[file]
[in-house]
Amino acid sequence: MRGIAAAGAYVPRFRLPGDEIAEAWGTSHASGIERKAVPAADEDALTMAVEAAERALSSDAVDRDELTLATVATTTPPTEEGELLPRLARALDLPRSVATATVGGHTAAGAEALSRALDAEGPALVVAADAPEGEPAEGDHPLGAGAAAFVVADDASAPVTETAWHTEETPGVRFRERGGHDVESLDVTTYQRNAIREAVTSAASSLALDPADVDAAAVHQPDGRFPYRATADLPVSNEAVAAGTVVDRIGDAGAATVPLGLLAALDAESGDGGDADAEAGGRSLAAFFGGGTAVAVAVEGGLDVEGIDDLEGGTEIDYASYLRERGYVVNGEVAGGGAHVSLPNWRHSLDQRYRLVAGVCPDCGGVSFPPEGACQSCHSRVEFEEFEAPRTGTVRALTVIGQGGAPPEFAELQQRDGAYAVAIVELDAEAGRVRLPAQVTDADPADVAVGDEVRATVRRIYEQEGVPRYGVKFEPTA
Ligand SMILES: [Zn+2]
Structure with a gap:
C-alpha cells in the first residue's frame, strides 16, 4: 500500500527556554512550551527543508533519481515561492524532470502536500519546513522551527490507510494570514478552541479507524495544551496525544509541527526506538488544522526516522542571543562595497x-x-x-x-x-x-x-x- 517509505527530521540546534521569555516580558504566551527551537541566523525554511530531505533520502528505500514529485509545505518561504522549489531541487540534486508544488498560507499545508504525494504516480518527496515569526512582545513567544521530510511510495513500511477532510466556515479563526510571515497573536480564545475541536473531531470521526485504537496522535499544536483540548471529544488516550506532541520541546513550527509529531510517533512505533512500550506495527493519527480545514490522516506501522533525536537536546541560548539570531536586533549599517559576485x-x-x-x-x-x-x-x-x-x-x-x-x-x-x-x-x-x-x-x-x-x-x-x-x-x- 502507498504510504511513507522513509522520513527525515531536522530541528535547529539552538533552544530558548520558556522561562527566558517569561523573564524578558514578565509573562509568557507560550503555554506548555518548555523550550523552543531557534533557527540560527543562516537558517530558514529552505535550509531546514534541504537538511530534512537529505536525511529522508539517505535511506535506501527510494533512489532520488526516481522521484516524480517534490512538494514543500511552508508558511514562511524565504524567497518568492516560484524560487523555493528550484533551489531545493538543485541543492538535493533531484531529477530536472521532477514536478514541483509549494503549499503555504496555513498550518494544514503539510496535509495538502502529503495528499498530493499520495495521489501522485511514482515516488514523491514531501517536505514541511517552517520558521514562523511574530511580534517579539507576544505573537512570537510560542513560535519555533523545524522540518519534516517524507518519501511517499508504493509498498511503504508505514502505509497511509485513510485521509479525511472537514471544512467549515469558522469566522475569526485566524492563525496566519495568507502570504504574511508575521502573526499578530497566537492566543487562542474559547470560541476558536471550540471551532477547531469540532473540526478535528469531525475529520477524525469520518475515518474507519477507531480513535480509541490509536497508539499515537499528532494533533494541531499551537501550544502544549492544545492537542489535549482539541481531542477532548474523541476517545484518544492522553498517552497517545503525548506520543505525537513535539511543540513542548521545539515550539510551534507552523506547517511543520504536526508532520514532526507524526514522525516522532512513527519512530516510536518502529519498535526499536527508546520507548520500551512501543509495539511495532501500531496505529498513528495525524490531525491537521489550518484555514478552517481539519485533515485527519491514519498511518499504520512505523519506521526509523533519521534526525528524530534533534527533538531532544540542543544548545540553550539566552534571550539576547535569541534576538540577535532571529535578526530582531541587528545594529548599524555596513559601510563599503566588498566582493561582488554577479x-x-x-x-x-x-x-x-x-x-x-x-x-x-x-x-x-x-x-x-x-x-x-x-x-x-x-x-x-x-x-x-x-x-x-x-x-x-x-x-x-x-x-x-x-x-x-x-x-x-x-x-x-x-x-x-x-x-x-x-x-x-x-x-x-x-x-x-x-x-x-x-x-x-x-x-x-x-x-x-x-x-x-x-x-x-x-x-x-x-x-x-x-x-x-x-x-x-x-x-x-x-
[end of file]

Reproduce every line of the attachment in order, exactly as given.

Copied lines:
[in-house]
Amino acid sequence: MRGIAAAGAYVPRFRLPGDEIAEAWGTSHASGIERKAVPAADEDALTMAVEAAERALSSDAVDRDELTLATVATTTPPTEEGELLPRLARALDLPRSVATATVGGHTAAGAEALSRALDAEGPALVVAADAPEGEPAEGDHPLGAGAAAFVVADDASAPVTETAWHTEETPGVRFRERGGHDVESLDVTTYQRNAIREAVTSAASSLALDPADVDAAAVHQPDGRFPYRATADLPVSNEAVAAGTVVDRIGDAGAATVPLGLLAALDAESGDGGDADAEAGGRSLAAFFGGGTAVAVAVEGGLDVEGIDDLEGGTEIDYASYLRERGYVVNGEVAGGGAHVSLPNWRHSLDQRYRLVAGVCPDCGGVSFPPEGACQSCHSRVEFEEFEAPRTGTVRALTVIGQGGAPPEFAELQQRDGAYAVAIVELDAEAGRVRLPAQVTDADPADVAVGDEVRATVRRIYEQEGVPRYGVKFEPTA
Ligand SMILES: [Zn+2]
Structure with a gap:
C-alpha cells in the first residue's frame, strides 16, 4: 500500500527556554512550551527543508533519481515561492524532470502536500519546513522551527490507510494570514478552541479507524495544551496525544509541527526506538488544522526516522542571543562595497x-x-x-x-x-x-x-x- 517509505527530521540546534521569555516580558504566551527551537541566523525554511530531505533520502528505500514529485509545505518561504522549489531541487540534486508544488498560507499545508504525494504516480518527496515569526512582545513567544521530510511510495513500511477532510466556515479563526510571515497573536480564545475541536473531531470521526485504537496522535499544536483540548471529544488516550506532541520541546513550527509529531510517533512505533512500550506495527493519527480545514490522516506501522533525536537536546541560548539570531536586533549599517559576485x-x-x-x-x-x-x-x-x-x-x-x-x-x-x-x-x-x-x-x-x-x-x-x-x-x- 502507498504510504511513507522513509522520513527525515531536522530541528535547529539552538533552544530558548520558556522561562527566558517569561523573564524578558514578565509573562509568557507560550503555554506548555518548555523550550523552543531557534533557527540560527543562516537558517530558514529552505535550509531546514534541504537538511530534512537529505536525511529522508539517505535511506535506501527510494533512489532520488526516481522521484516524480517534490512538494514543500511552508508558511514562511524565504524567497518568492516560484524560487523555493528550484533551489531545493538543485541543492538535493533531484531529477530536472521532477514536478514541483509549494503549499503555504496555513498550518494544514503539510496535509495538502502529503495528499498530493499520495495521489501522485511514482515516488514523491514531501517536505514541511517552517520558521514562523511574530511580534517579539507576544505573537512570537510560542513560535519555533523545524522540518519534516517524507518519501511517499508504493509498498511503504508505514502505509497511509485513510485521509479525511472537514471544512467549515469558522469566522475569526485566524492563525496566519495568507502570504504574511508575521502573526499578530497566537492566543487562542474559547470560541476558536471550540471551532477547531469540532473540526478535528469531525475529520477524525469520518475515518474507519477507531480513535480509541490509536497508539499515537499528532494533533494541531499551537501550544502544549492544545492537542489535549482539541481531542477532548474523541476517545484518544492522553498517552497517545503525548506520543505525537513535539511543540513542548521545539515550539510551534507552523506547517511543520504536526508532520514532526507524526514522525516522532512513527519512530516510536518502529519498535526499536527508546520507548520500551512501543509495539511495532501500531496505529498513528495525524490531525491537521489550518484555514478552517481539519485533515485527519491514519498511518499504520512505523519506521526509523533519521534526525528524530534533534527533538531532544540542543544548545540553550539566552534571550539576547535569541534576538540577535532571529535578526530582531541587528545594529548599524555596513559601510563599503566588498566582493561582488554577479x-x-x-x-x-x-x-x-x-x-x-x-x-x-x-x-x-x-x-x-x-x-x-x-x-x-x-x-x-x-x-x-x-x-x-x-x-x-x-x-x-x-x-x-x-x-x-x-x-x-x-x-x-x-x-x-x-x-x-x-x-x-x-x-x-x-x-x-x-x-x-x-x-x-x-x-x-x-x-x-x-x-x-x-x-x-x-x-x-x-x-x-x-x-x-x-x-x-x-x-x-x-